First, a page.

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heyy can somone mark my p&c essay for monday please!!

its obv not the best but yeahhh (for aqa btw)

Compare the ways poets present the power of the natural world in “Exposure” and in one other poem from Power and Conflict.

In both Exposure by Wilfred Owen and The Prelude by William Wordsworth, nature is presented as an inescapable force. However, in Exposure, nature is presented as aggressive and acting against mankind whereas in The Prelude nature has power due to its great expanse and beauty. Owen was a soldier who died in battle, he wrote to expose the horrors of war and the terrible conditions the soldiers had to live in. On the other hand, Wordsworth was a romantic poet who celebrated nature's beauty hence why his poem is inspired by the lake district and how he felt as if he could escape to nature for comfort.

Both poets use personification to present the power of nature. Owen juxtaposes traditional views of mother nature as nurturing by describing it as “her melancholy army”. The noun army connotes systematic violence and brutality which aligns nature's power as being torturous and deceitful. Wordsworth describes nature as powerful by suggesting that mankind underestimates the power of nature. He also personifies nature by saying that he was “led by her” which presents nature as a maternal figure as it provides guidance similar to how a mother does. The pronoun “her” shows signs of natures femininity which connotes beauty, peace, and gentleness. The speaker is lulled into a sense of security when being with nature as he views it to be harmless.

Throughout the whole poem, Owen uses personification to emphasise to his readers that nature is the real enemy at war. For example in the opening line, the poet focuses on the “merciless iced east winds that knive us”. This illustrates how the “wind” is impacting the soldiers negatively and is one of the main causes of death at war. The adjective ‘merciless’ portrays how relentless the wind is, emphasising to the reader that nature is determined to harm the soldiers, adding to the threats from the opponents. Furthermore, the phrase ‘knive us’ carries connotations of being stabbed in the back, perhaps portraying how shocked the soldiers were, as they did not expect weather to become an enemy. Owen may characterise nature as cruel and brutal to expose the harsh realities of war and dispel the fake advertisement of the propaganda, warning his readers about the terrible conditions he and other soldiers who fought in WWI had to go through which in turn could evoke sympathy within the reader.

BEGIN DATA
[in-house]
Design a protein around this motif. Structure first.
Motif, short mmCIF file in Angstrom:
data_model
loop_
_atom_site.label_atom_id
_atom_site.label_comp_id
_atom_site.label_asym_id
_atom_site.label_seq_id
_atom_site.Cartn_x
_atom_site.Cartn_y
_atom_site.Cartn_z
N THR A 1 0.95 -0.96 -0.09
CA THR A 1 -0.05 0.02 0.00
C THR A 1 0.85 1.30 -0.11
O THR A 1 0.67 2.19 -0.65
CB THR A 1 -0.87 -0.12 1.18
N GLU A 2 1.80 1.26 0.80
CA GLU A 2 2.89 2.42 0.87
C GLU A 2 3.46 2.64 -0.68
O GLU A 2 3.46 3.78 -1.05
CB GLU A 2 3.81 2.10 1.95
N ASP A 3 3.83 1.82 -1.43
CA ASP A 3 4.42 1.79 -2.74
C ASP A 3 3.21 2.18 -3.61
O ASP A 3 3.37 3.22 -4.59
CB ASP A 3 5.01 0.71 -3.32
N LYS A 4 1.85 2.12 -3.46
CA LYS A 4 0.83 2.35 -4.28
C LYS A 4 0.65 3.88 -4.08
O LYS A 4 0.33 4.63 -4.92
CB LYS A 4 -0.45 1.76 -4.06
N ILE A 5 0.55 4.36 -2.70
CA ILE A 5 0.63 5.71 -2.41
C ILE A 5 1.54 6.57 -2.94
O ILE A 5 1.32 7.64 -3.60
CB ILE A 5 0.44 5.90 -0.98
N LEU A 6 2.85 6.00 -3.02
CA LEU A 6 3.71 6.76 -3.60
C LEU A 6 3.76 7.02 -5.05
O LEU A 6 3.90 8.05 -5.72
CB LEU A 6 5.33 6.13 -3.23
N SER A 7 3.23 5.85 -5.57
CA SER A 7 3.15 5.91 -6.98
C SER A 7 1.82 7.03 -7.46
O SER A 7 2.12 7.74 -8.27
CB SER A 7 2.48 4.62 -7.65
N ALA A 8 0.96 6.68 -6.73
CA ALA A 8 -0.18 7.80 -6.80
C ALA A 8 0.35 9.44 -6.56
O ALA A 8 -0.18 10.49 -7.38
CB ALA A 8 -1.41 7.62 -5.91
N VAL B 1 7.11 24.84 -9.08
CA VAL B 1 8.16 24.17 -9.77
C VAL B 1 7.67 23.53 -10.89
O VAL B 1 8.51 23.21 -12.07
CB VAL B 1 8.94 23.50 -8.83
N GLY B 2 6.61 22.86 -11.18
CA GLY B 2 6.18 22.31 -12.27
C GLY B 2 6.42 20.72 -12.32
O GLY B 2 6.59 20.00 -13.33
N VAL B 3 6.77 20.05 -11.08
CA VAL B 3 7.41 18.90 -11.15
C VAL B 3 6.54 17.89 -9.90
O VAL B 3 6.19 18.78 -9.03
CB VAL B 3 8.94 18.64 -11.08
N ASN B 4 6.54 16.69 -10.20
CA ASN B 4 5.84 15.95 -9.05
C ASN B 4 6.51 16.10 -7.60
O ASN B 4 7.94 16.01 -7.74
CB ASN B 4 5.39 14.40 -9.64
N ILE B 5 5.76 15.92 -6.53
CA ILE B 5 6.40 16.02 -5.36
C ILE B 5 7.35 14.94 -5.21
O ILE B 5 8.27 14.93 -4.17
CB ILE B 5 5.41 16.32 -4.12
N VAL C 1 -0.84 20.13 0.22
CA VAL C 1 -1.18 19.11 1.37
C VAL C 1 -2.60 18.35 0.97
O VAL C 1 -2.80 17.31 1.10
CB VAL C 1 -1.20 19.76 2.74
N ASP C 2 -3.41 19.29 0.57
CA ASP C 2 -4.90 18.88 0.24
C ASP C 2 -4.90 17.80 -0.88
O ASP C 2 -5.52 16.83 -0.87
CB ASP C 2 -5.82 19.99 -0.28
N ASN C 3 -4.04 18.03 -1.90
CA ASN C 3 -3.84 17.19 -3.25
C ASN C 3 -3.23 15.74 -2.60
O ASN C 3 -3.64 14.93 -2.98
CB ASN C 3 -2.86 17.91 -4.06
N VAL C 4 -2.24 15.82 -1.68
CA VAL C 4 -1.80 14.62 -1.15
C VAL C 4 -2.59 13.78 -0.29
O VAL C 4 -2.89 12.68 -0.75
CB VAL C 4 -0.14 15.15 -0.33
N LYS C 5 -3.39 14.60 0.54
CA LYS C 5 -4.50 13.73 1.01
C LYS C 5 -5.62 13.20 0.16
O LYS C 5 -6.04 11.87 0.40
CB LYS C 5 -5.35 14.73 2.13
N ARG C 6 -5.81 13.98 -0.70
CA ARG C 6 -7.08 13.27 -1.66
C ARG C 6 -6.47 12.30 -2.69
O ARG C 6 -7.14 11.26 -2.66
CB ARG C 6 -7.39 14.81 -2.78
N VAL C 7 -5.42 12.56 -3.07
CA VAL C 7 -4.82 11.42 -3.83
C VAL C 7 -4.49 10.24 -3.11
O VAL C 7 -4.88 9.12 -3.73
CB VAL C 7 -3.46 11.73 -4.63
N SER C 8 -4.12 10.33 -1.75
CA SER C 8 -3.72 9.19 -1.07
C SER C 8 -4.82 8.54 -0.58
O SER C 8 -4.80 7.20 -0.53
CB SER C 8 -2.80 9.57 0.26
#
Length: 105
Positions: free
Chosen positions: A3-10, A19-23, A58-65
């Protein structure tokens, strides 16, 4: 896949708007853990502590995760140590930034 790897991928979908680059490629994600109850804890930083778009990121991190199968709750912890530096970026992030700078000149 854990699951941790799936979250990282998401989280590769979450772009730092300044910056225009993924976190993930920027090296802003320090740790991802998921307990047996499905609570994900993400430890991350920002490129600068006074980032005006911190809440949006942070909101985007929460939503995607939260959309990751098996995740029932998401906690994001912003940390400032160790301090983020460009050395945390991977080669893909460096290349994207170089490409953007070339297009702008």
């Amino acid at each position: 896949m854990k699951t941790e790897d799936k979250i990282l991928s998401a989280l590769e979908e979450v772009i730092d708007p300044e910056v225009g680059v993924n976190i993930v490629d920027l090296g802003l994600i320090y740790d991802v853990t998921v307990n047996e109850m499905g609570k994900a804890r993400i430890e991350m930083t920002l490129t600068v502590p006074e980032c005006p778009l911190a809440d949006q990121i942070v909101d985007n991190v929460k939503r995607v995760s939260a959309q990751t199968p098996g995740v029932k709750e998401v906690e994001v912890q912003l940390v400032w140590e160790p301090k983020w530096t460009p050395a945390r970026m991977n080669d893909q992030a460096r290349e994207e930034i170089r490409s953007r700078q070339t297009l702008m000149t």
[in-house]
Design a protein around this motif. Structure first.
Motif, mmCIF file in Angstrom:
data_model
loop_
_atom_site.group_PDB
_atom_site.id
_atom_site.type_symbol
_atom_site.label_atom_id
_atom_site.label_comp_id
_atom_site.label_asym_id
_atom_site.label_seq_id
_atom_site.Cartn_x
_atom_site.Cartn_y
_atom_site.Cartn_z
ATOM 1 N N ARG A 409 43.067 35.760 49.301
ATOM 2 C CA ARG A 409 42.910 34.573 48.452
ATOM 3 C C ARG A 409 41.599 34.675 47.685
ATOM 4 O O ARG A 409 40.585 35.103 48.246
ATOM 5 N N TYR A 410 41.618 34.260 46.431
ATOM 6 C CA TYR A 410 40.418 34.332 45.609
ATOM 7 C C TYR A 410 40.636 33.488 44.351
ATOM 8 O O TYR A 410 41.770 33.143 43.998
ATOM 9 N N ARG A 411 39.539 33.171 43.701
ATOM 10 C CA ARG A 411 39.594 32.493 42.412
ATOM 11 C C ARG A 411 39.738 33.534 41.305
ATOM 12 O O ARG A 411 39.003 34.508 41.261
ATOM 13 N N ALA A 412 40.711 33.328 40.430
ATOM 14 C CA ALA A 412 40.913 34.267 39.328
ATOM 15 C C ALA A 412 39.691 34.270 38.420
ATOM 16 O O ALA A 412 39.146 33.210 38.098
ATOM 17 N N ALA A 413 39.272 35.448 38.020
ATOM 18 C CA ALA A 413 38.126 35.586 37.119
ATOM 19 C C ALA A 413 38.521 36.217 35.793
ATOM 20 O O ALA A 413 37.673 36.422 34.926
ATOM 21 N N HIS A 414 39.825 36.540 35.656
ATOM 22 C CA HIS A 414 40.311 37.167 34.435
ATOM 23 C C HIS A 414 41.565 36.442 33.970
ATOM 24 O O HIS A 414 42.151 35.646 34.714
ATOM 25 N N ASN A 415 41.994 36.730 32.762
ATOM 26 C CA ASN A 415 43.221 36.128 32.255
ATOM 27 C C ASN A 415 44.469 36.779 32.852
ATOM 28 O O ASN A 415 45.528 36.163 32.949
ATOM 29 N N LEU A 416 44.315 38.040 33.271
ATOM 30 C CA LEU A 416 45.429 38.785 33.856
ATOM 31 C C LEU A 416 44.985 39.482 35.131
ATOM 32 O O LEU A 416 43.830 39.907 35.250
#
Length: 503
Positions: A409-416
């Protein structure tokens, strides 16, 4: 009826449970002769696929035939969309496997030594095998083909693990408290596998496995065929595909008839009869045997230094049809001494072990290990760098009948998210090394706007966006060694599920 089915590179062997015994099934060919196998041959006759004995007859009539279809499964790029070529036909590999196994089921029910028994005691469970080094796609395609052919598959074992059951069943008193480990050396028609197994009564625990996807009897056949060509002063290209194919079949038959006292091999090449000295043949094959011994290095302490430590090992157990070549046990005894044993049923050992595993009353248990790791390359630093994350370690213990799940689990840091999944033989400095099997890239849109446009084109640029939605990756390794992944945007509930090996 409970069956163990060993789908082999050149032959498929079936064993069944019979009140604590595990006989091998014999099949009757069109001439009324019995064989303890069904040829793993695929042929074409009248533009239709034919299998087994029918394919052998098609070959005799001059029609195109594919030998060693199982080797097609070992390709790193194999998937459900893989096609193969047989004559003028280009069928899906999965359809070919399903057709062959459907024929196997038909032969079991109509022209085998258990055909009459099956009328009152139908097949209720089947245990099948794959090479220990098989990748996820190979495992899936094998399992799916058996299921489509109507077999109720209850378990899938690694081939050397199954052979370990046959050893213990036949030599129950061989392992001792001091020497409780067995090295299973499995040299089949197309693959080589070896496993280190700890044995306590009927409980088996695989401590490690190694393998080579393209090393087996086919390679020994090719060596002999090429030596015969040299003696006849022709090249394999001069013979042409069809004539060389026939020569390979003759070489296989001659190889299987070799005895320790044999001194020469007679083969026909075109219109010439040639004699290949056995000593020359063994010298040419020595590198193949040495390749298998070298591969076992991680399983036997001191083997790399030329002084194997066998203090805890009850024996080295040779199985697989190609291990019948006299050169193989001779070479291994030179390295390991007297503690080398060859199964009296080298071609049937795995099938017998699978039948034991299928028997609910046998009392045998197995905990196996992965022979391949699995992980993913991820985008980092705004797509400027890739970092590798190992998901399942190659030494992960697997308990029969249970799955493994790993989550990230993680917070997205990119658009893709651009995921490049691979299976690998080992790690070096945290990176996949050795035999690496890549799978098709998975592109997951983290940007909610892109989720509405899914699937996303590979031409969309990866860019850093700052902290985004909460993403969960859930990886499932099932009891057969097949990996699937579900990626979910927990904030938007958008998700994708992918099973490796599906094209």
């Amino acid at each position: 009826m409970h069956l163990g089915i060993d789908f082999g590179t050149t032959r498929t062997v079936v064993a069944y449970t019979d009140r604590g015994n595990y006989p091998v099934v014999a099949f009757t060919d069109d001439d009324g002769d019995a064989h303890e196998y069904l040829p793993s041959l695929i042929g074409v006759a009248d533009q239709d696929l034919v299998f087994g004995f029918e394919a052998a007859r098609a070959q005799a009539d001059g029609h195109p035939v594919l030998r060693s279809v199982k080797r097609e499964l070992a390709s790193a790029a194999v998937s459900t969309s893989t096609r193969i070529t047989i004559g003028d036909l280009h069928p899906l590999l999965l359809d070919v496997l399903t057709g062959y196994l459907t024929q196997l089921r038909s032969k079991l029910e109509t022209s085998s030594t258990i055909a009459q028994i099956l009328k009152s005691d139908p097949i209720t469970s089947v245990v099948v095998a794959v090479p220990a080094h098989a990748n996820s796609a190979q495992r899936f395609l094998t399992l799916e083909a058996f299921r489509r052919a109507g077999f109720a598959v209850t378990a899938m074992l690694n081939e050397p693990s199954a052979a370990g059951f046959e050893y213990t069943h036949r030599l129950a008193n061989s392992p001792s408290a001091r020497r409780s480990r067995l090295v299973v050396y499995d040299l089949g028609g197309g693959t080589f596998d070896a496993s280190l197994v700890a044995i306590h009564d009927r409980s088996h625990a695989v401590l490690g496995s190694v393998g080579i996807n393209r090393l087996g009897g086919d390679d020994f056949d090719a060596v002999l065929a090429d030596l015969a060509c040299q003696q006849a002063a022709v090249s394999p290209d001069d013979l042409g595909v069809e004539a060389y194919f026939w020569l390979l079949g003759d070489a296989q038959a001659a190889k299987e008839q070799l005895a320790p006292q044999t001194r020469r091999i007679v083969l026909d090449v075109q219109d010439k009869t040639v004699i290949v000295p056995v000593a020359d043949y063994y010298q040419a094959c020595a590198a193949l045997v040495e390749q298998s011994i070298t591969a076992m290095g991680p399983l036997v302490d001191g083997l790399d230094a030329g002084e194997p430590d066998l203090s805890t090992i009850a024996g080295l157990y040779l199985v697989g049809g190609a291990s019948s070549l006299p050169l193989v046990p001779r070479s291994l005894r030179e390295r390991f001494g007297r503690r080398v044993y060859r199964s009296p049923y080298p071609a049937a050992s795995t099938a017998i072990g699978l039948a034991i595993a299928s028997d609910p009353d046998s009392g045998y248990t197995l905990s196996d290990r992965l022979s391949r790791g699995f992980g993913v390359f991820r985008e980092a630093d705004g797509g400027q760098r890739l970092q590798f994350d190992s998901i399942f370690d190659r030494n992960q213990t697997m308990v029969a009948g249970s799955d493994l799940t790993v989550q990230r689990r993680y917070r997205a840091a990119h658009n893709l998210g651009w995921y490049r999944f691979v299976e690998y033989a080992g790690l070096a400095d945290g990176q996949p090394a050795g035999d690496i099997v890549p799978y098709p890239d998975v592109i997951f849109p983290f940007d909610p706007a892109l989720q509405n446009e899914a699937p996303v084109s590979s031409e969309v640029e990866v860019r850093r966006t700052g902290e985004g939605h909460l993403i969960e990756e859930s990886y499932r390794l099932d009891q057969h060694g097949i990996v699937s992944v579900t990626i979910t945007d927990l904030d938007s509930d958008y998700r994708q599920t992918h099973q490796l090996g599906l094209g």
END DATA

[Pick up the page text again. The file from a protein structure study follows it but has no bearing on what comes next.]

One big difference between both poems is the form and structure. In The Prelude, Wordsworth writes in blank verse meaning there is no rhyme scheme. This denies the reader of any form of pause which presents nature as overwhelming and elicits a sense of breathlessness. Contrastingly, in Exposure, Owen creates an ABBAC rhyme scheme. By making the 5th line stand out it may be seen as striking to the reader and it also provides insight into Owen's own emotions and inner thoughts. This pattern of rhyme scheme is consistent throughout the whole of the poem which could reflect the monotony of the war as “nothing happens”. Throughout his poem, Owen also uses half-rhyme for example in “knife us” and “nervous”. This leaves the reader to be unsatisfied as they were expecting a rhyme. This mirrors how the soldiers are expecting conflict of war but instead, they are faced with the conflict of survival against nature.